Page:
The defendant correctly contends that Rule 6 of the Supreme Court Rules imposes no absolute duty on this court to answer the certified questions. Jefferson v. Moran, 479 A.2d 734, 738 (R.I. 1984). We, however, shall respond to the questions to clarify the law of Rhode Island on these issues. To analyze the issues at hand logically, we shall bifurcate the first question and address the strict-liability-in-tort issue in full. Second we shall address the issue of whether the breach of the implied warranty of merchantability is an appropriate theory of recovery for prescription-drug cases.

I STRICT LIABILITY IN TORT

Rhode Island recognizes a cause of action for personal injuries caused by *779 prescription drugs based on the theory of strict liability in tort. We see no reason why strict liability should not provide a theory of recovery to Marilyn for injuries allegedly incurred by the effects of a prescription drug.

Before we address the comment-k-exemption issue, we shall review the status of strict-liability law in Rhode Island. In the seminal case of Ritter v. Narragansett Electric Co., 109 R.I. 176, 283 A.2d 255 (1971), this court adopted the concept of strict liability in tort and cited with approval § 402A of the Restatement (Second) Torts. This section provides:

"Special Liability of Seller of Product for Physical Harm to User or Consumer (1) One who sells any product in a defective condition unreasonably dangerous to the user or consumer or to his property is subject to liability for physical harm thereby caused to the ultimate user or consumer, or to his property, if (a) the seller is engaged in the business of selling such a product, and (b) it is expected to and does reach the user or consumer without substantial change in the condition in which it is sold. (2) The rule stated in Subsection (1) applies although (a) the seller has exercised all possible care in the preparation and sale of his product, and (b) the user or consumer has not bought the product from or entered into any contractual relation with the seller." (Emphasis added.)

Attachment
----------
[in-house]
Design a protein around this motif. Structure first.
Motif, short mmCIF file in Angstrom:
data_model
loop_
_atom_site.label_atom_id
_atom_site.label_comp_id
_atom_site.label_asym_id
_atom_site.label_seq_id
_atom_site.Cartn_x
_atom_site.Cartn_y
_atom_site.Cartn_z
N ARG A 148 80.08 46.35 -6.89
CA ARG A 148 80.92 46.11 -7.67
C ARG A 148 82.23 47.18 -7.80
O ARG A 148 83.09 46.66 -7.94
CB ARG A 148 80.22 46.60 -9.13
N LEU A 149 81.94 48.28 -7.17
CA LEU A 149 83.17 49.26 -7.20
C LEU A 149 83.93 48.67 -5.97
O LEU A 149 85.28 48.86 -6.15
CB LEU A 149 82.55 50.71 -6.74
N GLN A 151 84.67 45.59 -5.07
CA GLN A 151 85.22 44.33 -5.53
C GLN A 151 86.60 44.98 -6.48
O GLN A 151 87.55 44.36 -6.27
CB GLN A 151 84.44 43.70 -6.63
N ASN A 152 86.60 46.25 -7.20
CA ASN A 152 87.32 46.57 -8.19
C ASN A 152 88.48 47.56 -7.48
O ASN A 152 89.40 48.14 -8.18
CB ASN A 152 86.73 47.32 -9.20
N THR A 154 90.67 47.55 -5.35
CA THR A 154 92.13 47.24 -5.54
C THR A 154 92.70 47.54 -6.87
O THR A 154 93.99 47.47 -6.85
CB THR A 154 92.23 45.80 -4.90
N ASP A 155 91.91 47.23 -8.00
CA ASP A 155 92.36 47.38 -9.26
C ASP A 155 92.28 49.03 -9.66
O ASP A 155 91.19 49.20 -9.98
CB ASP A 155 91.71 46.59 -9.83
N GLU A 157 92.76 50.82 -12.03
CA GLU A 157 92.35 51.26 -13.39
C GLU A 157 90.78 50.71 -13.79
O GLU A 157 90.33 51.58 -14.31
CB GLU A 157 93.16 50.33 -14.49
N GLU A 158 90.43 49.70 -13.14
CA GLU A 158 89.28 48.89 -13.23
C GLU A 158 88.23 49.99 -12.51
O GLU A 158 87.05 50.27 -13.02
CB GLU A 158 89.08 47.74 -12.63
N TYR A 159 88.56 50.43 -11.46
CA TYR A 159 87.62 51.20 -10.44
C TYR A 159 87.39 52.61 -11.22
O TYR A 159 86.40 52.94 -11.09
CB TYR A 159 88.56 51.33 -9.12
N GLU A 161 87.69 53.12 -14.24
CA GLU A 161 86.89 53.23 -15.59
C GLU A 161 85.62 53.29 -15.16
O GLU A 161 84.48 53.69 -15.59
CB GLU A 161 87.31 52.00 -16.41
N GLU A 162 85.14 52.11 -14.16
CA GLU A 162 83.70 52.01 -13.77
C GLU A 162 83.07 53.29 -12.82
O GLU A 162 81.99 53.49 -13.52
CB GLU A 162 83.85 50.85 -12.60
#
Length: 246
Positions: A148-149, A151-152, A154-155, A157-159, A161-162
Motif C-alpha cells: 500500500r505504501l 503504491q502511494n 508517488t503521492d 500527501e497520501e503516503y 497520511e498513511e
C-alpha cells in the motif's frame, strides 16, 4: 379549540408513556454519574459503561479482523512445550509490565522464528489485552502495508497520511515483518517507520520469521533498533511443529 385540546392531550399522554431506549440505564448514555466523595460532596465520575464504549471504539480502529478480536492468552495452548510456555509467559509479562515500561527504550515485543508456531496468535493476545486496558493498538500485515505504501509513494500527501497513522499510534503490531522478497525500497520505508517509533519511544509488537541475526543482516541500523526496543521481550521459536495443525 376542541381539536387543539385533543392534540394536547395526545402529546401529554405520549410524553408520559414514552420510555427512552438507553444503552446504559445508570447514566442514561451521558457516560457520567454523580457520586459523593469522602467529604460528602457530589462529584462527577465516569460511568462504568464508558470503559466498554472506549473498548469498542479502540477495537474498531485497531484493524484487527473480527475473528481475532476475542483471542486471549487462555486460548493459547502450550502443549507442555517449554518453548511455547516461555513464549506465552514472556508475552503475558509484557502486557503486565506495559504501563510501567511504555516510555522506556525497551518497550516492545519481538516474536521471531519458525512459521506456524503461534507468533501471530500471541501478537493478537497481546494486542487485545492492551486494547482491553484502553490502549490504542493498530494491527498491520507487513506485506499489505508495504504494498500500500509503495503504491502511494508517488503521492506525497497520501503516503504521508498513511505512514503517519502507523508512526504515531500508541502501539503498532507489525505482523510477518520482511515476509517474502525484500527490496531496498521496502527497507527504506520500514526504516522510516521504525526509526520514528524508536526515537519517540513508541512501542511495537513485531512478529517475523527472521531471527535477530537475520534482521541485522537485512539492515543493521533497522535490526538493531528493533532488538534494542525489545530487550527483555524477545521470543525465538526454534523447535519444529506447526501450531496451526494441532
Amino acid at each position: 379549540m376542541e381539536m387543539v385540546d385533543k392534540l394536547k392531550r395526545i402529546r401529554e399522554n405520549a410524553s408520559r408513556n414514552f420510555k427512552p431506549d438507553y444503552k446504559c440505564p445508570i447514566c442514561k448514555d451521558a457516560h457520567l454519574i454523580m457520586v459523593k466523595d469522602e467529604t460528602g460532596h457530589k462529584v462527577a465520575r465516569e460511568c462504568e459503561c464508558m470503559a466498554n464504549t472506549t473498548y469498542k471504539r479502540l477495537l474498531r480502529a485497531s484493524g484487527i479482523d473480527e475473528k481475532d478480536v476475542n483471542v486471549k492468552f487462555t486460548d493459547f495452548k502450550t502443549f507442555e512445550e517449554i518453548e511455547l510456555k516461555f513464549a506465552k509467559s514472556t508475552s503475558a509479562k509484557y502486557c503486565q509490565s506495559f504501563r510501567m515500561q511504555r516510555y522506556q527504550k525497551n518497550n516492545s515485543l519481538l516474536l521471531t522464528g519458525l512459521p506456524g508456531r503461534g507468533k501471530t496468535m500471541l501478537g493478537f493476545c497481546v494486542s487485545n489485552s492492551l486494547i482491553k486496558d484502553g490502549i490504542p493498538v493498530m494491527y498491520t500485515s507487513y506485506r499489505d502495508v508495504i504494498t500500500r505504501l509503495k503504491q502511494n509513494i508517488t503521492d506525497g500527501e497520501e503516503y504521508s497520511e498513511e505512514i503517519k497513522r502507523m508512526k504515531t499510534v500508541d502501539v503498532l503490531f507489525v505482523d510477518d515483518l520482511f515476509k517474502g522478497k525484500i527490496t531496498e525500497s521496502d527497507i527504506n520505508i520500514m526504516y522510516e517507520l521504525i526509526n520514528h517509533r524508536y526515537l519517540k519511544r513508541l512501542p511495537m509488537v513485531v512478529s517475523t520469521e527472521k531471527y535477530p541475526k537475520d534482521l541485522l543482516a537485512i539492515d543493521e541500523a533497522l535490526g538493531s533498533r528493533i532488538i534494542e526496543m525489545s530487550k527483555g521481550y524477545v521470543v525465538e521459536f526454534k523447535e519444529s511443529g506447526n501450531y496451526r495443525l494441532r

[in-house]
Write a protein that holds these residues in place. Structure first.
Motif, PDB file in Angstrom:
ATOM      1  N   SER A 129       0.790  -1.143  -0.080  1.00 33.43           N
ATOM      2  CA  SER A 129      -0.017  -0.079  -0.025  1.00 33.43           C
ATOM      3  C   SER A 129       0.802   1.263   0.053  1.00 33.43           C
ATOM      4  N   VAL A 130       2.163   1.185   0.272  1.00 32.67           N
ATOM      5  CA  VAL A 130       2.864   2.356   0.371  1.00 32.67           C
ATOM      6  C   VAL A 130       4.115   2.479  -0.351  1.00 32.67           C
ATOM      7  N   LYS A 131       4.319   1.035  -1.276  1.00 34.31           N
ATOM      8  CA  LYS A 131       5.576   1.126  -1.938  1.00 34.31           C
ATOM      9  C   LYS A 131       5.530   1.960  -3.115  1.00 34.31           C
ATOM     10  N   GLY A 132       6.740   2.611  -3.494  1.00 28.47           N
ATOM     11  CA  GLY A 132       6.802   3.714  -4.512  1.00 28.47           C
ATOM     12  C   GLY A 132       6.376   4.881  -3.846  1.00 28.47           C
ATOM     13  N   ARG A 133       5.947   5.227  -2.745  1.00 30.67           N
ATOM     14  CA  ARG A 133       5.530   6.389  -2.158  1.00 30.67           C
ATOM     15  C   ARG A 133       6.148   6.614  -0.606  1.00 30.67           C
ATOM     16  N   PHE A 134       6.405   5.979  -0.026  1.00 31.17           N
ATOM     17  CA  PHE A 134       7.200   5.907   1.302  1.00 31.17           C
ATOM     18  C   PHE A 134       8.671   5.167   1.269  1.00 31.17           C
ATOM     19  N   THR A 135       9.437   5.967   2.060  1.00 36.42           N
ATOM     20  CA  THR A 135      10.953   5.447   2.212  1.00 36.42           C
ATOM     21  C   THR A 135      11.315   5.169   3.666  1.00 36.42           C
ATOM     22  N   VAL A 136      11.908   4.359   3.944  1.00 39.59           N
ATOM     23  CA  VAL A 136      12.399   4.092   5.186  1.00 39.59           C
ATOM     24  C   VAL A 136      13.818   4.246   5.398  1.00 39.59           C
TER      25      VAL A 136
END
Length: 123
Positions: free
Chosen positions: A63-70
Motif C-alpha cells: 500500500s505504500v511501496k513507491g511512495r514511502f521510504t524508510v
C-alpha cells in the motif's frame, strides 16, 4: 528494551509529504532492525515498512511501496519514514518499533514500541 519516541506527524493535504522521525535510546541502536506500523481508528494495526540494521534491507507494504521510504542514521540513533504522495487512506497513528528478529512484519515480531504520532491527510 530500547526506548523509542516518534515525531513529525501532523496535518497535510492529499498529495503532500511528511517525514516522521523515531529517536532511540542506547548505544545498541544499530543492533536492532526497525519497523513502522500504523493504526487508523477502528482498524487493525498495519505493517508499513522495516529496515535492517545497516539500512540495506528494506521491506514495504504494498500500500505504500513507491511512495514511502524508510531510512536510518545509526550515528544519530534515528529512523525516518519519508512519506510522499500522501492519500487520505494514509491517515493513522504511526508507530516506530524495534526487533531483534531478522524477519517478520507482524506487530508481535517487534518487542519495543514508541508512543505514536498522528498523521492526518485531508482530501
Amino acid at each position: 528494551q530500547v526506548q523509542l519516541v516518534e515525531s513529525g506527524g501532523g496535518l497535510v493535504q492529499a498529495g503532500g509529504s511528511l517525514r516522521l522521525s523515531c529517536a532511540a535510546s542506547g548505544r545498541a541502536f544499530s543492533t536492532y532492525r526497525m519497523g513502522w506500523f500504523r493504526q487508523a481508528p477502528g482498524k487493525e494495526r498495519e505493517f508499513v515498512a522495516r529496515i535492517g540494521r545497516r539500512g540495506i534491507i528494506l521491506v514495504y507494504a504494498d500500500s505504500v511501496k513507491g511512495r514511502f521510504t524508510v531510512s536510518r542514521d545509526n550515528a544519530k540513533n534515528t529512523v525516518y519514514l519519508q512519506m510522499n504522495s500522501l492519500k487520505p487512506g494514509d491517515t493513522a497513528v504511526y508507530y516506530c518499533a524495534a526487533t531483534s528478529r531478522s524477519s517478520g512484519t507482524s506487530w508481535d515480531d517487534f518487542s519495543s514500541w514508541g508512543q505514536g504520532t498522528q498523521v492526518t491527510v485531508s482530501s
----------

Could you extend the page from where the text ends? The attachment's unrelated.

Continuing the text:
This court stated that the concept of strict liability in tort contemplates that there must be a defect in the design or manufacture that makes the product unsafe for its intended use. Ritter, 109 R.I. at 190, 283 A.2d at 262 (stove); see Fiske v. MacGregor, Division of Brunswick, 464 A.2d 719, 723 (R.I. 1983) (football helmets). We further extended strict liability to cover cases in which the manufacturer failed to warn of its product's dangerous propensity. Thomas v. Amway Corp., 488 A.2d 716, 722 (R.I. 1985) (liquid soap). Under these theories of strict liability, if one of these three types of defects appears in the product and that defect renders the product unreasonably dangerous in spite of all reasonable care exercised by the manufacturer, then the manufacturer is liable for that defect. Ritter, 109 R.I. at 190, 283 A.2d at 262.

To determine whether the product would be deemed "defective" under § 402A, this court embraced the consumer-expectation test. This approach seeks to protect the consumer or user who was unaware of the danger involved in using a product in a way that it was intended to be used. Ritter, 109 R.I. at 191, 283 A.2d at 263; see Thomas v. Amway Corp., 488 A.2d at 722. Furthermore, we defined the term "unreasonably dangerous" to mean that "the defect in the product establishes a strong likelihood of injury to the user or consumer thereof." Ritter, 109 R.I. at 191, 283 A.2d at 263. These elements are crucial for the plaintiff to recover from a manufacturer under § 402A, regardless of the manufacturer's fault.